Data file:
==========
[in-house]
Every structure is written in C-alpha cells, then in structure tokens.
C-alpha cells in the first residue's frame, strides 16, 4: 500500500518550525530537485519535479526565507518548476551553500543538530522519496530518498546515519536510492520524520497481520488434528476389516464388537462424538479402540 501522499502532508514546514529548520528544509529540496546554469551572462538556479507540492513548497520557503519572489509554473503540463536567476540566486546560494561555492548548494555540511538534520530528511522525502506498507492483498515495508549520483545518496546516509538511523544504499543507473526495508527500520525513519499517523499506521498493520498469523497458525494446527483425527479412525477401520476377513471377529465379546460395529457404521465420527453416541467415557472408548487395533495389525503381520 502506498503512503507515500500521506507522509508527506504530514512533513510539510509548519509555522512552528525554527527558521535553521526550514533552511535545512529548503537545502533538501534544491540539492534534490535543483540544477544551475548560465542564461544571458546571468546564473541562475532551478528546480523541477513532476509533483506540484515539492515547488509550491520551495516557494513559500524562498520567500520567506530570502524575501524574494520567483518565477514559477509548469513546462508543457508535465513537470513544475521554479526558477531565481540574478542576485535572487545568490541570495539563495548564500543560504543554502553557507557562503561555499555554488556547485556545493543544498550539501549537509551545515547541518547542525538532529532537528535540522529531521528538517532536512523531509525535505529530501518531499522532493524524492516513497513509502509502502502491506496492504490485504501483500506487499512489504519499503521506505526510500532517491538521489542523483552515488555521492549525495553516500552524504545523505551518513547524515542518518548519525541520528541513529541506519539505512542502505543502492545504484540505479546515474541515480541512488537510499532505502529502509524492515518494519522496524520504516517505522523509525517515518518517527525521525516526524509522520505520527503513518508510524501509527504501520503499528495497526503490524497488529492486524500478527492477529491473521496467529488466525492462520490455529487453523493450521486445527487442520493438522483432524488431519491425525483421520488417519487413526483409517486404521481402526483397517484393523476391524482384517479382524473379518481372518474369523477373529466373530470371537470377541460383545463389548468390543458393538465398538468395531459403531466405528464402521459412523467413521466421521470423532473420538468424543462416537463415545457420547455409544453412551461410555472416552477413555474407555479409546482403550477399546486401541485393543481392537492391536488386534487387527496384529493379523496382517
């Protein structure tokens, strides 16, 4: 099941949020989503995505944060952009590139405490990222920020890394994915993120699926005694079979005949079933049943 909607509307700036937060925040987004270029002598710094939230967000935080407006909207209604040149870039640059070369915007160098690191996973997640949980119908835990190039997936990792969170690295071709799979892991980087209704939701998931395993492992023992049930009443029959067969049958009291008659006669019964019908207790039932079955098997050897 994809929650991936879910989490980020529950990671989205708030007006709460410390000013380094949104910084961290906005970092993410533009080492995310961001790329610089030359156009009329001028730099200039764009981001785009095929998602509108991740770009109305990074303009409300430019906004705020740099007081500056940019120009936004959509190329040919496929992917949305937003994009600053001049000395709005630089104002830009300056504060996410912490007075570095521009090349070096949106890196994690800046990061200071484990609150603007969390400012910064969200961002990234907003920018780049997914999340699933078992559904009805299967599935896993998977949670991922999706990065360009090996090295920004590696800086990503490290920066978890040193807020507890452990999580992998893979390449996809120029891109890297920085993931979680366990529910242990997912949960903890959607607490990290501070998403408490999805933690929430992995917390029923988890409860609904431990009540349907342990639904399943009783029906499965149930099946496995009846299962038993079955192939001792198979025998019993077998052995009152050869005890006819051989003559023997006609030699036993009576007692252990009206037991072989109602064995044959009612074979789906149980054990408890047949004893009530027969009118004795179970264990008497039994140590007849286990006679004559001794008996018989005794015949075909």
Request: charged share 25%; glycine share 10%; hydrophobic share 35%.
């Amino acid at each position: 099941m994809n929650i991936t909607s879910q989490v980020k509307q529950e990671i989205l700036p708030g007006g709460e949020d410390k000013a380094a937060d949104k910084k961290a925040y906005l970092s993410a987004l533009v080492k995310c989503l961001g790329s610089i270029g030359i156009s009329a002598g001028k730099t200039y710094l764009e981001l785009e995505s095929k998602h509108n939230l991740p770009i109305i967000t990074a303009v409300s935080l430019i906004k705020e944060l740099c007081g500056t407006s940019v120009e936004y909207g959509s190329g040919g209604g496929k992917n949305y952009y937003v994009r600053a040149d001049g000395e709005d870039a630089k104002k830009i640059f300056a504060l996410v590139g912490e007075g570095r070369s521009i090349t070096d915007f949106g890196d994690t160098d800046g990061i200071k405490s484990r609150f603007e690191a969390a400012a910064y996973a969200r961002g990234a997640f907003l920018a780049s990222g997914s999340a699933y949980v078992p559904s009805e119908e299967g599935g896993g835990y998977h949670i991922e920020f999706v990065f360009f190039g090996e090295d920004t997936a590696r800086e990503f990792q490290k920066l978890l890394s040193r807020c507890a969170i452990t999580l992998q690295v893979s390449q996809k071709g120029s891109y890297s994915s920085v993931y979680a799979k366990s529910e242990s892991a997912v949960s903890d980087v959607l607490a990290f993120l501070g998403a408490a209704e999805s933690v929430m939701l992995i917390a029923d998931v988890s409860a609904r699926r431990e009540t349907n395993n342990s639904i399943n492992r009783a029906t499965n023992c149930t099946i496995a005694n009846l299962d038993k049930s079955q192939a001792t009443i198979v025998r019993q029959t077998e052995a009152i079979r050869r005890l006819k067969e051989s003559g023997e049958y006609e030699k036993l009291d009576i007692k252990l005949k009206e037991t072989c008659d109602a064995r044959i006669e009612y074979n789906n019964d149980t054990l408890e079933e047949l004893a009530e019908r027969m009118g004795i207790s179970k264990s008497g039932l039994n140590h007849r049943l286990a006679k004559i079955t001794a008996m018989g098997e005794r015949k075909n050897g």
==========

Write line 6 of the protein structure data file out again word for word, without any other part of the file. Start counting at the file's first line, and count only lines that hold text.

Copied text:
């Amino acid at each position: 099941m994809n929650i991936t909607s879910q989490v980020k509307q529950e990671i989205l700036p708030g007006g709460e949020d410390k000013a380094a937060d949104k910084k961290a925040y906005l970092s993410a987004l533009v080492k995310c989503l961001g790329s610089i270029g030359i156009s009329a002598g001028k730099t200039y710094l764009e981001l785009e995505s095929k998602h509108n939230l991740p770009i109305i967000t990074a303009v409300s935080l430019i906004k705020e944060l740099c007081g500056t407006s940019v120009e936004y909207g959509s190329g040919g209604g496929k992917n949305y952009y937003v994009r600053a040149d001049g000395e709005d870039a630089k104002k830009i640059f300056a504060l996410v590139g912490e007075g570095r070369s521009i090349t070096d915007f949106g890196d994690t160098d800046g990061i200071k405490s484990r609150f603007e690191a969390a400012a910064y996973a969200r961002g990234a997640f907003l920018a780049s990222g997914s999340a699933y949980v078992p559904s009805e119908e299967g599935g896993g835990y998977h949670i991922e920020f999706v990065f360009f190039g090996e090295d920004t997936a590696r800086e990503f990792q490290k920066l978890l890394s040193r807020c507890a969170i452990t999580l992998q690295v893979s390449q996809k071709g120029s891109y890297s994915s920085v993931y979680a799979k366990s529910e242990s892991a997912v949960s903890d980087v959607l607490a990290f993120l501070g998403a408490a209704e999805s933690v929430m939701l992995i917390a029923d998931v988890s409860a609904r699926r431990e009540t349907n395993n342990s639904i399943n492992r009783a029906t499965n023992c149930t099946i496995a005694n009846l299962d038993k049930s079955q192939a001792t009443i198979v025998r019993q029959t077998e052995a009152i079979r050869r005890l006819k067969e051989s003559g023997e049958y006609e030699k036993l009291d009576i007692k252990l005949k009206e037991t072989c008659d109602a064995r044959i006669e009612y074979n789906n019964d149980t054990l408890e079933e047949l004893a009530e019908r027969m009118g004795i207790s179970k264990s008497g039932l039994n140590h007849r049943l286990a006679k004559i079955t001794a008996m018989g098997e005794r015949k075909n050897g």